Ariana Grande, Taylor Swift Lead AMAs to Record Twitter Traffic (Exclusive)

Lester Cohen/WireImage

Ariana Grande accepts the New Artist of the Year Presented by Kohl's award onstage during the 2013 American Music Awards on November 24, 2013 in Los Angeles, California.

The American Music Awards engaged record levels of social media activity while attracting their largest television viewing audience in four years.

AMAs dominated Nielsen's Twitter TV Ratings for the week of Nov. 18-24 as more than 7.6 million tweets went out during the broadcast and were read by an audience of 10.23 million, according to Nielsen SocialGuide. The AMA-related tweets were authored by 1.5 million people and generated a total of 304 million impressions.

The ratings refer to Twitter activity from three hours before, during and three hours after an episode's initial broadcast. The AMA numbers far outdistanced the week's second place show, the Nov. 19 edition of "The Voice," which had a Twitter audience of 3.85 million reading 778,000 tweets.

The top three moments in Twitter activity came with Taylor Swift receiving artist of the year (71,365 tweets per minute); Miley Cyrus's show-closing performance (64,929 tweets per minute); and Lady Gaga's performance (41,571 tweets per minute). The #AMAs hashtag was mentioned more than 960,000 times on Twitter during the broadcast.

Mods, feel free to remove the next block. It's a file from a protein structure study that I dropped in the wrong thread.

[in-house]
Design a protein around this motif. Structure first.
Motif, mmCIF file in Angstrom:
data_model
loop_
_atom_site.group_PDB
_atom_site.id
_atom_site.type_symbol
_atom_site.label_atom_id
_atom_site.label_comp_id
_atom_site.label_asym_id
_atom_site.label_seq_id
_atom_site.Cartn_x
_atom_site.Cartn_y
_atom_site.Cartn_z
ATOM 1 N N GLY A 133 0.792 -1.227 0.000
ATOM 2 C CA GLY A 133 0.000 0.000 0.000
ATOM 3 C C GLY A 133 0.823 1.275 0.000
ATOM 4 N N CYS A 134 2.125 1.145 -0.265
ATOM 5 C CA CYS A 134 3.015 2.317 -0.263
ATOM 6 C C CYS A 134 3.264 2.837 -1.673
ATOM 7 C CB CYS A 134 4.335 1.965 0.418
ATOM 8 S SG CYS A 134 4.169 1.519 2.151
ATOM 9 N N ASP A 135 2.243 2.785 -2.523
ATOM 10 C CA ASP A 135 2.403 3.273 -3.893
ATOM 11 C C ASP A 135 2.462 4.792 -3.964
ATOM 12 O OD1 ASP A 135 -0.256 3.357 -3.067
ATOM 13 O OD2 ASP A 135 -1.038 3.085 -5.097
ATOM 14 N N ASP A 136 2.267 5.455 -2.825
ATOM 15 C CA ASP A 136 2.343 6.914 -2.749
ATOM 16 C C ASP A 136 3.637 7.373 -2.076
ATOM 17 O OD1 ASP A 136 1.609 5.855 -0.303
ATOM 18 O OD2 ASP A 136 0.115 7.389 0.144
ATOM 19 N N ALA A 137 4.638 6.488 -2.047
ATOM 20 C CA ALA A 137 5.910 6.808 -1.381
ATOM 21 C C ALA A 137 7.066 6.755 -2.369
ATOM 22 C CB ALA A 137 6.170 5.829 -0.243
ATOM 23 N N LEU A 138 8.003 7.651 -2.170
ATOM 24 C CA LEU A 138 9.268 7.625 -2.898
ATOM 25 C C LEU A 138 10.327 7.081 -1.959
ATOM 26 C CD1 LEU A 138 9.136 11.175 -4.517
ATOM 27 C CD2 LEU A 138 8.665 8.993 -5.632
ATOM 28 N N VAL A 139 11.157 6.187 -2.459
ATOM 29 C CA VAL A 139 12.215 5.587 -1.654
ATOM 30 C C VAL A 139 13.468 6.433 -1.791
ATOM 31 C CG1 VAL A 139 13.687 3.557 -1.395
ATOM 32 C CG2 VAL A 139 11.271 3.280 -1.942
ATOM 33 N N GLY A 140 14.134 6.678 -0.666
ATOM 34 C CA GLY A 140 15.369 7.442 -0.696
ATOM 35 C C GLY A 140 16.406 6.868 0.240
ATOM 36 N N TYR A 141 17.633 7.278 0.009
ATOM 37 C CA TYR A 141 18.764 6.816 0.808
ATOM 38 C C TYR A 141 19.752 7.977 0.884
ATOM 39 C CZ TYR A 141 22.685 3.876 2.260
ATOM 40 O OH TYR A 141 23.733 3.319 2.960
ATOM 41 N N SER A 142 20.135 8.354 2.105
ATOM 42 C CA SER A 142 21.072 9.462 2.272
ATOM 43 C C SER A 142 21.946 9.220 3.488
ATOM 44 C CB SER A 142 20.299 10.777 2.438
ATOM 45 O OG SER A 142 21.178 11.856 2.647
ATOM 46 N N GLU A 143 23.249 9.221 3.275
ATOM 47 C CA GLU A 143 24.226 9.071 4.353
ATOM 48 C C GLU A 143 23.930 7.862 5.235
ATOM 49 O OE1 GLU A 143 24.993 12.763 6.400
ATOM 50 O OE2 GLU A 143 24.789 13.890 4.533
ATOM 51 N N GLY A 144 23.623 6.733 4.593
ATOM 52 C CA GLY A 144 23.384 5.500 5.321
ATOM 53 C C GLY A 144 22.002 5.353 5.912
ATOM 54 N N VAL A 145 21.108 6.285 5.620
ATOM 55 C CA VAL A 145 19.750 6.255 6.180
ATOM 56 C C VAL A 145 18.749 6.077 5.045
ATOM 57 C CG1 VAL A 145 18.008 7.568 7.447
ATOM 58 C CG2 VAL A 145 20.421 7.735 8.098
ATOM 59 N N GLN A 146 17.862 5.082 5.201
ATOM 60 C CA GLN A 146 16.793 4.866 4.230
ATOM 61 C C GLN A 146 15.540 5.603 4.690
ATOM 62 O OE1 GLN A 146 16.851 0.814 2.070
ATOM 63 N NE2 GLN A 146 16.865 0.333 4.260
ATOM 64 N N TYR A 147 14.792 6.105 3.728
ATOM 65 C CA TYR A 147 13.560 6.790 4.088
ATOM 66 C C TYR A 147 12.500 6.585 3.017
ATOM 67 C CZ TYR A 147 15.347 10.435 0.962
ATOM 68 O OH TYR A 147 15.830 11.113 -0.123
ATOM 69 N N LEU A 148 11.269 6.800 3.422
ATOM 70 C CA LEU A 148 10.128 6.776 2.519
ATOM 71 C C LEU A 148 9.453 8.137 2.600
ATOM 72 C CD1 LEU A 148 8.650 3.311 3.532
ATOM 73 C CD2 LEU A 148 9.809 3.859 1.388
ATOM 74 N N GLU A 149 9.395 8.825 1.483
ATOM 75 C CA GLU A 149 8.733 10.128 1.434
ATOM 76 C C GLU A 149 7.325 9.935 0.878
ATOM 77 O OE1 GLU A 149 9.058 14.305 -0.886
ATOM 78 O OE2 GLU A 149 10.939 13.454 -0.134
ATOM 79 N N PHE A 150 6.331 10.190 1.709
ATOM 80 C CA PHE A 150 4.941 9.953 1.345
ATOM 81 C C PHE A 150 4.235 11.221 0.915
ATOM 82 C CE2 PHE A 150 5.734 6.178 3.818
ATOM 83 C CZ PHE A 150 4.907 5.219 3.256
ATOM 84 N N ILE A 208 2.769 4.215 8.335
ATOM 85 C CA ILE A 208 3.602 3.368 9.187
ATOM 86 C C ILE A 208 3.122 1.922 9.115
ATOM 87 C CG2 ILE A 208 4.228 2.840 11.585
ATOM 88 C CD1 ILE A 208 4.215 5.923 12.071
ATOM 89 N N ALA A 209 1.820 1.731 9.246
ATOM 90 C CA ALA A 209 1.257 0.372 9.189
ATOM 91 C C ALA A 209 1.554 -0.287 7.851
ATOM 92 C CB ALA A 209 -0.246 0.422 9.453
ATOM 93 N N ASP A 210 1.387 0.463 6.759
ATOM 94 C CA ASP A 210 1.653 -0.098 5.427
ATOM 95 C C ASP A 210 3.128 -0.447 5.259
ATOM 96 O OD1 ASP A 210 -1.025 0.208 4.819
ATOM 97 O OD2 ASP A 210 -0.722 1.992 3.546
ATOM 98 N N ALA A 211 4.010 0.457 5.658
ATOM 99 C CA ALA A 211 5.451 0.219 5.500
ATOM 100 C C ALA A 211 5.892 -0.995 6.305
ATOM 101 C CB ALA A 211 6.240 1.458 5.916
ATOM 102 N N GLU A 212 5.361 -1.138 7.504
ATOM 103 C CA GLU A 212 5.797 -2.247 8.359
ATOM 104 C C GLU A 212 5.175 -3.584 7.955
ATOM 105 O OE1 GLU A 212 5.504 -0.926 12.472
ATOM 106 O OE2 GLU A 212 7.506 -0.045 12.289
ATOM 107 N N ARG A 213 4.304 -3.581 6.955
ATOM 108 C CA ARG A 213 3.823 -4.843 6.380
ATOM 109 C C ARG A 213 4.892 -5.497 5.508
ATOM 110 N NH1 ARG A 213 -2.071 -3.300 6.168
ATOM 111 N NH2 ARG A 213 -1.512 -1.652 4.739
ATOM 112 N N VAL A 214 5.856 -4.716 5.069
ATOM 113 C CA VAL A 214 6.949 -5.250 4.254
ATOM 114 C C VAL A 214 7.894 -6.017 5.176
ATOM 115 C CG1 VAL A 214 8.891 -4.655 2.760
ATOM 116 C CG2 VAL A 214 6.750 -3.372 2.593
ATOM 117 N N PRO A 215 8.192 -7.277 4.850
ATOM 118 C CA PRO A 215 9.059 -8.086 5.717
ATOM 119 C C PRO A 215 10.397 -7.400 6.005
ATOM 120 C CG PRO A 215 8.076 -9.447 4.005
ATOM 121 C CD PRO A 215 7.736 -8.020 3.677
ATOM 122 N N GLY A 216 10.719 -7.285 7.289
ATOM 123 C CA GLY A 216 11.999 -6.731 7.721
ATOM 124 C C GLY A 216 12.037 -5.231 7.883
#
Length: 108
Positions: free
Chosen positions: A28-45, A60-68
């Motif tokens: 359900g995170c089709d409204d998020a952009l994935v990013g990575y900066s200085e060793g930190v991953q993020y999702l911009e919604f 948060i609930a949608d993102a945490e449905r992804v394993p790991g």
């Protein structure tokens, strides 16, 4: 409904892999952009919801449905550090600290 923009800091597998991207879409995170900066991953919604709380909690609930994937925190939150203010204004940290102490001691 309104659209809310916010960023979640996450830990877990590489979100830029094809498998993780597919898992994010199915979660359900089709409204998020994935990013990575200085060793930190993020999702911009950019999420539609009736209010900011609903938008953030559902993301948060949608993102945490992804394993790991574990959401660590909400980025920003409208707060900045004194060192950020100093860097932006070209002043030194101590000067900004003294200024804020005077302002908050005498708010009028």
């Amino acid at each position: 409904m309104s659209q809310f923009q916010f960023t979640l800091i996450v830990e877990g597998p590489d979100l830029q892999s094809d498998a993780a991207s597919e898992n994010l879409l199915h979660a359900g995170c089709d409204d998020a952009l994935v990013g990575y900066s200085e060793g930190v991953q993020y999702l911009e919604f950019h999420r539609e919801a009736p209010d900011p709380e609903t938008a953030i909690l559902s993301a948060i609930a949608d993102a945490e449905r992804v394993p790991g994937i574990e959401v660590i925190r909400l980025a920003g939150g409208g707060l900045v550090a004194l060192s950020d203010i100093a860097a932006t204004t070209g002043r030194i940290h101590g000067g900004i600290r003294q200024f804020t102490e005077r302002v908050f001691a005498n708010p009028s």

Rather than any of the more-established acts, Ariana Grande dominated overall Twitter activity with the most mentions. Grande was mentioned in 231,966 tweets, more than double the second most mentioned, One Direction's Niall Horan, who snared 108,969 mentions, topping Cyrus by a mere 433 tweets.

The American Music Awards partnered with Twitter to debut the Vine 360 Twitter Mirror and a Twitter Mirror that uses a Samsung Galaxy Note tablet, allowing stars to take a selfie, then write messages. Dave Grohl, Imagine Dragons and Lady Antebellum were among the acts that used the device on the red carpet prior to the broadcast.

On television, the broadcast posted ratings increases across all demos, most notably spiking 86% among 12- to 17-year-olds, according Nielsen data supplied by the show's producer, Dick Clark Productions. Guggenheim Partners owns DCP and Billboard.